Like many technical innovations, the cloud's value proposition is that it makes IT faster, easier, and cheaper. Put another way, the implicit and explicit promise of infrastructure as a service (IaaS), platform as a service (PaaS), software as a service (SaaS), unified communications as a service (UCaaS), and similar offerings is about getting more for less. Who doesn't want that?
Startups, for example, can keep investors happy by buying resources from the cloud and only scaling them up only when their creation begins to take off. There is little or no capital investment required. Established companies with legacy technology can migrate functions to compliant platforms without having to rebuild their infrastructures. Young or old companies with big IT departments might reduce overhead by moving specific workflows and responsibilities to off-site providers.
Hooray for the cloud! But not so fast.
As technology buyers have learned-- sometimes the hard way -- it is critical to evaluate all claims carefully before committing to any new technology purchase. It's critically important to understand what you are getting so that you can recognize how new acquisitions will affect your infrastructure.
Getting from here to there in the cloud
If you have been charged with buying cloud resources, do your due diligence. Demand case studies, testimonials, white papers, and use cases that explain the offerings and demonstrate their value and savings. And remember, just because a resource is in the cloud doesn't mean it will be inexpensive to implement and maintain.
As part of your process, be sure to include various lines of business. Many organizations rely on IT to ask and answer all the key questions. That's a bad idea. You need input from all your stakeholders.
Below is my list of questions to help chart a course for moving to the cloud.
How do I define cloud computing in the context of my organization? Familiarize your team with the different models for accessing shared computing resources. The National Institute of Standards and Technology (NIST) Definition of Cloud Computing does a great job of describing the cloud's essential characteristics, service models, and deployment models. Share this document with your decision makers.
What benefits can the cloud bring to my organization? Sharing information about the cloud should prompt discussions on how different lines of business can leverage the technology. IT might see an opportunity to provision development and testing environments without disrupting the on-premise infrastructure. Sales, marketing, and product development might see opportunities for transforming how the organization uses technology to interact with customers, expand offers, and reduce costs.
This benefits-analysis may lead different lines of business to different conclusions. One group in your organization may conclude your existing infrastructure is fine without the cloud. They may argue you need better utilization of existing, on-premise resources, and suggest an internal solution such as software-defined networking. In these cases, further investigation must be done.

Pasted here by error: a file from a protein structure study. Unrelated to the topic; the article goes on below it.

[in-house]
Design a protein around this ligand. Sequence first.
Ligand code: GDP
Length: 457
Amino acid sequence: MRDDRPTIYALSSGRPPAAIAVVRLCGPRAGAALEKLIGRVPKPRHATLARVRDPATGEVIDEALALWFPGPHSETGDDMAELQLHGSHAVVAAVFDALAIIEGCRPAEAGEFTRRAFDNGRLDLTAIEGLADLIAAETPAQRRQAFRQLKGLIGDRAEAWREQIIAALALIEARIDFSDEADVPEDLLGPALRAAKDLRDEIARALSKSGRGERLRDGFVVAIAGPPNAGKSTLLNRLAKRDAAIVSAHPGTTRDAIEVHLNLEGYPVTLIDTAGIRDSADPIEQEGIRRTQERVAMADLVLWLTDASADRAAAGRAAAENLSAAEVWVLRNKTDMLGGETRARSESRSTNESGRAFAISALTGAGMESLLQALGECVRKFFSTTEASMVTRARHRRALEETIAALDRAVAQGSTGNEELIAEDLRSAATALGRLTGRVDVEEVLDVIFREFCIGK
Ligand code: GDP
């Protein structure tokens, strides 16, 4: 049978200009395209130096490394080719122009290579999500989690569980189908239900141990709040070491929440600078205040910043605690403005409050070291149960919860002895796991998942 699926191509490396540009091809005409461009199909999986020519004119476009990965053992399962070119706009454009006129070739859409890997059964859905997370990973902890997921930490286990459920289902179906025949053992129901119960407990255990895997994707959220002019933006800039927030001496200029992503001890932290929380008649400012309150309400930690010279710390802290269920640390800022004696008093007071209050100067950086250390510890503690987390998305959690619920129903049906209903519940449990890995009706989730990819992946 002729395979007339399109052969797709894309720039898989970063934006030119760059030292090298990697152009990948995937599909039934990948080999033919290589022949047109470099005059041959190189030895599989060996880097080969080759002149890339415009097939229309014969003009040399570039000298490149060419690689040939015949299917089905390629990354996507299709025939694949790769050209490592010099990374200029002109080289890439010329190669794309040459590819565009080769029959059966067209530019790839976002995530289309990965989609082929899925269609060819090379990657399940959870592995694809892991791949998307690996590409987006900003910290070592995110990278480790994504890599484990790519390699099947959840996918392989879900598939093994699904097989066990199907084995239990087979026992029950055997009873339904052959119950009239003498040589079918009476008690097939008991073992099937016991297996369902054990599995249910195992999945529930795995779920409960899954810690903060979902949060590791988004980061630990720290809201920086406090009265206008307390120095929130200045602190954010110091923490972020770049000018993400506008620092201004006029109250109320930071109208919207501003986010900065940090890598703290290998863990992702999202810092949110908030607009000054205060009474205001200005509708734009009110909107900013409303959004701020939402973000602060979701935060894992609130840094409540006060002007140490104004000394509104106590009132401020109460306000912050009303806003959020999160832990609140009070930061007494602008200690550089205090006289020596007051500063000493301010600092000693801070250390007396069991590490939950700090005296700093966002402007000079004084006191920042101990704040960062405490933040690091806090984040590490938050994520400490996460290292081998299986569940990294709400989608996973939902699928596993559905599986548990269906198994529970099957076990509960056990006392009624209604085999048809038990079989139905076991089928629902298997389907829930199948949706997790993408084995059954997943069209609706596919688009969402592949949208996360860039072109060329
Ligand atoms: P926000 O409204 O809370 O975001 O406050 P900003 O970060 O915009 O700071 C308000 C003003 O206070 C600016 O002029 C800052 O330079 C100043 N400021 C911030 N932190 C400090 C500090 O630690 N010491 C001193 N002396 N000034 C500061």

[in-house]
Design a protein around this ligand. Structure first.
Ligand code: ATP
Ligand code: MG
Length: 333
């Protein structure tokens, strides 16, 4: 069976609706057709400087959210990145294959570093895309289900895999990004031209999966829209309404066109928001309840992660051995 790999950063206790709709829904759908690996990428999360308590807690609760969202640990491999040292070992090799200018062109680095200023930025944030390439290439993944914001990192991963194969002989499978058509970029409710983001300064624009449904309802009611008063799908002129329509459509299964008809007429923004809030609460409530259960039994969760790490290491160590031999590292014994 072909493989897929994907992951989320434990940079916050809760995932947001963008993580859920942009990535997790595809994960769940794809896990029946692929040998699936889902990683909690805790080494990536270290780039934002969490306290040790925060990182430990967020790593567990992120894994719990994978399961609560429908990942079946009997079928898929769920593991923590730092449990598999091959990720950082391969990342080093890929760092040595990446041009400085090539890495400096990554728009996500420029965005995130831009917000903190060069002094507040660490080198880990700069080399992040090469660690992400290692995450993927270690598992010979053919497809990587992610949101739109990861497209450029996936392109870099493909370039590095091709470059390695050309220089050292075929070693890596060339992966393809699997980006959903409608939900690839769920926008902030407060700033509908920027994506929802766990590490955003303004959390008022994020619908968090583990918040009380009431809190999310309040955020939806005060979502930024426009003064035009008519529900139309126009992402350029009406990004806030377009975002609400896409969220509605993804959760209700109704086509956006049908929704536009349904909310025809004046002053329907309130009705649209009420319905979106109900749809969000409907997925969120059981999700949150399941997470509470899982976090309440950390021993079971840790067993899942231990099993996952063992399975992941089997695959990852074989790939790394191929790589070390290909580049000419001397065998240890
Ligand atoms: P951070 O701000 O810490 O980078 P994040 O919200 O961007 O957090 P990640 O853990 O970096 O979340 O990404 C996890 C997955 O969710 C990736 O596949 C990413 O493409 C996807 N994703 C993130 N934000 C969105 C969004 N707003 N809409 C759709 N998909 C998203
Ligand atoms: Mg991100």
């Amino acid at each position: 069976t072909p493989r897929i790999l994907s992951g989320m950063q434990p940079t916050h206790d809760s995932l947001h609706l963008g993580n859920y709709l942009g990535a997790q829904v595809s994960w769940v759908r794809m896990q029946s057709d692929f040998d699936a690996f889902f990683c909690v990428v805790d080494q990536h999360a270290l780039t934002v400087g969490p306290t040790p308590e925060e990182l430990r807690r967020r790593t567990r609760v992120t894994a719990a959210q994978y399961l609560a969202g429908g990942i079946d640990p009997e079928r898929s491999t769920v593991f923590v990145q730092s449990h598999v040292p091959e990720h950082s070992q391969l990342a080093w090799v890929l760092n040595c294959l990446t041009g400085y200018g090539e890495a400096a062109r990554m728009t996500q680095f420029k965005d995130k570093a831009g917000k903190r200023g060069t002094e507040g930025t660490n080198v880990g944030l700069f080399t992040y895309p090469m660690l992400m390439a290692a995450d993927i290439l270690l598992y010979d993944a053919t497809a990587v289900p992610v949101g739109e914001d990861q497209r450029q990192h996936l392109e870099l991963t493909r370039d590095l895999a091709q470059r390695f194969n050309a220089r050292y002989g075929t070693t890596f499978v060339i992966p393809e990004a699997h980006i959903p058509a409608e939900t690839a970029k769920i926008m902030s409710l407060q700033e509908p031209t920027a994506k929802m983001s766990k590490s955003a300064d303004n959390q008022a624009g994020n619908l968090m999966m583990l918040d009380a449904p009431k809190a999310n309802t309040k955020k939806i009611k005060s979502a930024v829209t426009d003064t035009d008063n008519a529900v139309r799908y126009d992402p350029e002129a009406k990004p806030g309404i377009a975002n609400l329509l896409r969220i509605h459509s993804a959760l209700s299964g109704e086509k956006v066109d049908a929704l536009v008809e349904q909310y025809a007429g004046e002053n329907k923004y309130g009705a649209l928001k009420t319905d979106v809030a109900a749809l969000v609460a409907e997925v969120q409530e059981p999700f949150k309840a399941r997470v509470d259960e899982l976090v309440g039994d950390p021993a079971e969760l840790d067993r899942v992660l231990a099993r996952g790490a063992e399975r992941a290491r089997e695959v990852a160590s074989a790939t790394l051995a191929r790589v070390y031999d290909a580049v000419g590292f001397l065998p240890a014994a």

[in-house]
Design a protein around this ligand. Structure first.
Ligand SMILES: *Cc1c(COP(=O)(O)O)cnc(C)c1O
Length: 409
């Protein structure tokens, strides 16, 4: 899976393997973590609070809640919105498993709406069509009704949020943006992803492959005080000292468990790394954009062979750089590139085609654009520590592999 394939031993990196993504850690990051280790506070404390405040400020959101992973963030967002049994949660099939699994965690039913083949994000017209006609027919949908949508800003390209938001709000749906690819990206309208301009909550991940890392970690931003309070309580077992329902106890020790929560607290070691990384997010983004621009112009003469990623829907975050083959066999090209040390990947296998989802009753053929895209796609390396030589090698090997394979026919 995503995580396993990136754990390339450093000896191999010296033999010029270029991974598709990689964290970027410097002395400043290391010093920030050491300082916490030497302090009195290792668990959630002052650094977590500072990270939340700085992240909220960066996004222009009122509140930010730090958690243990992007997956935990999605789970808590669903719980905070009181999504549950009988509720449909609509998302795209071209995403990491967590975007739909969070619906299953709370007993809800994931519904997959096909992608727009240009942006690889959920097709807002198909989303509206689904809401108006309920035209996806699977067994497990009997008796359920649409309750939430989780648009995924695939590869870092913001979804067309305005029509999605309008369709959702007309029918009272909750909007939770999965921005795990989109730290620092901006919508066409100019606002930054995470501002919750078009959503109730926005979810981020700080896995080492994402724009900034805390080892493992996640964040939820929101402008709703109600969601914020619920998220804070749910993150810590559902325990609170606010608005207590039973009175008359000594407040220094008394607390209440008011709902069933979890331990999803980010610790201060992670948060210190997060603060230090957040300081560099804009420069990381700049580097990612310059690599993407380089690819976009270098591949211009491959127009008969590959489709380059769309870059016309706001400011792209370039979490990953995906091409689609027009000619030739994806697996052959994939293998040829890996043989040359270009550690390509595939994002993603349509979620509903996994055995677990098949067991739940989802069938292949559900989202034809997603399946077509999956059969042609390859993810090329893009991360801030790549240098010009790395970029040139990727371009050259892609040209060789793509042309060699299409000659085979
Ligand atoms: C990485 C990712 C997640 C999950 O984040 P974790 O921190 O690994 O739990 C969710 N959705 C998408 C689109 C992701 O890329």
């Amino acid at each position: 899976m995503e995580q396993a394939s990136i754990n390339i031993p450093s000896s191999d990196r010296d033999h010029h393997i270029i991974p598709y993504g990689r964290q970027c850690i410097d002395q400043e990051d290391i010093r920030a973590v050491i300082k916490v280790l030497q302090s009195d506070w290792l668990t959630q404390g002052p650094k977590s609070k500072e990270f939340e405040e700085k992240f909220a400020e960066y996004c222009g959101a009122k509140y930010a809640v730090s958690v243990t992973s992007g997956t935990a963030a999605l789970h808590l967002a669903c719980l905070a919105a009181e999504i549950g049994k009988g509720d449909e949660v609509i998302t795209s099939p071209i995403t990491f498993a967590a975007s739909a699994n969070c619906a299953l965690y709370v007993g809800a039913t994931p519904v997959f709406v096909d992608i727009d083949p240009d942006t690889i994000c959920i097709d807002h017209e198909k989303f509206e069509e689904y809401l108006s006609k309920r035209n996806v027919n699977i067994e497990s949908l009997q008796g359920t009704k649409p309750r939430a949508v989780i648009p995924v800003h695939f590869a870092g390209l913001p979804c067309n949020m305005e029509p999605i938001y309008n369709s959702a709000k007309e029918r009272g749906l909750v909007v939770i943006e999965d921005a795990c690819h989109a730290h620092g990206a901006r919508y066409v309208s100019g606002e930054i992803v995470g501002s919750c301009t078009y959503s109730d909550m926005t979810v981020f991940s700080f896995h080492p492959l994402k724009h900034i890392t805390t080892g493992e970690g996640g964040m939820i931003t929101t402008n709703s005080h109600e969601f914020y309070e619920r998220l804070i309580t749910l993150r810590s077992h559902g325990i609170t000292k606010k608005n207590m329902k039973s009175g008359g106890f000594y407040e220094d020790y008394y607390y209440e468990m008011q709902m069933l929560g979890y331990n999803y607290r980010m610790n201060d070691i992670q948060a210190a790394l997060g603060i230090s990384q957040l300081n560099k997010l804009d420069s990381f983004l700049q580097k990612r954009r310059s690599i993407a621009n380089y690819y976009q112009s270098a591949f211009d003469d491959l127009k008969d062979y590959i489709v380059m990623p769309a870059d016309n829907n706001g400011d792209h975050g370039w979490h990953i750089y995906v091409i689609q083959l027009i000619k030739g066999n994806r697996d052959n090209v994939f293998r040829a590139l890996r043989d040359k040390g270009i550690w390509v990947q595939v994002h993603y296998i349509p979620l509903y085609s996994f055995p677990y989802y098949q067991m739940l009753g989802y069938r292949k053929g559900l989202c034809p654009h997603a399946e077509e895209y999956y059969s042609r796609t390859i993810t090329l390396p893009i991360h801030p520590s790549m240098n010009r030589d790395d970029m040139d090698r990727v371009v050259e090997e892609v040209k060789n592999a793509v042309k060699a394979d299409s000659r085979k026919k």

What competitive advantage can the cloud influence? In my experience, most companies fail to answer this question. This is a big mistake, because every technology investment should enhance competitive advantage in some way. Otherwise, why do it?
It's possible that a particular line of business sees competitive advantage in using big data to better understand how prospects and customers interact with your company. A line of business may even present compelling data that shows the sales benefit of profiling users in real-time and matching to specific offers and incentives. But what does the analysis say about the big data implementation and where data should reside? Should it be in the cloud or on-premise?
What risks does the cloud carry with it? Some cloud deployment models increase a company's risk but offer lower costs. Other models reduce risk but cost more. How should you balance costs and benefits? It's a complex question and sometimes difficult to answer. For example, a cloud-based big data solution might be much less expensive than a similar on-premise solution. But how much data can the pipe between your organization and the cloud provider handle? What type of service-level agreement (SLA) does the provider offer? What's the migration strategy if you decide to move your data at some point? Who owns the data and the analysis?
One very important risk to understand is how you will manage the cloud. Will it be with on- or off-premise tools? Whichever way you choose, do not rely solely on the service provider's tools to manage the environment or to monitor your SLAs. This can be an expensive mistake. A good third-party tool is a worthwhile add-on for managing costs.
What cost savings can the cloud deliver? Just because a cloud service increases your cost doesn't mean it's not worth doing. If the service increases IT spending by 10 percent but improves customer sales by 25 percent, it may be a wise investment.
When comparing costs, make an apples-to-apples comparison. Account for hidden IT costs that are often allocated across other departments such as power and cooling, software development, and maintenance.
The bottom line is to examine each cloud offering carefully. There is no single right way to create a better, faster, and cheaper infrastructure.
Mark Melvin is CTO of ePlus Technology, where he is involved in the strategy, design, and implementation of various datacenter, network, virtualization, and collaboration projects.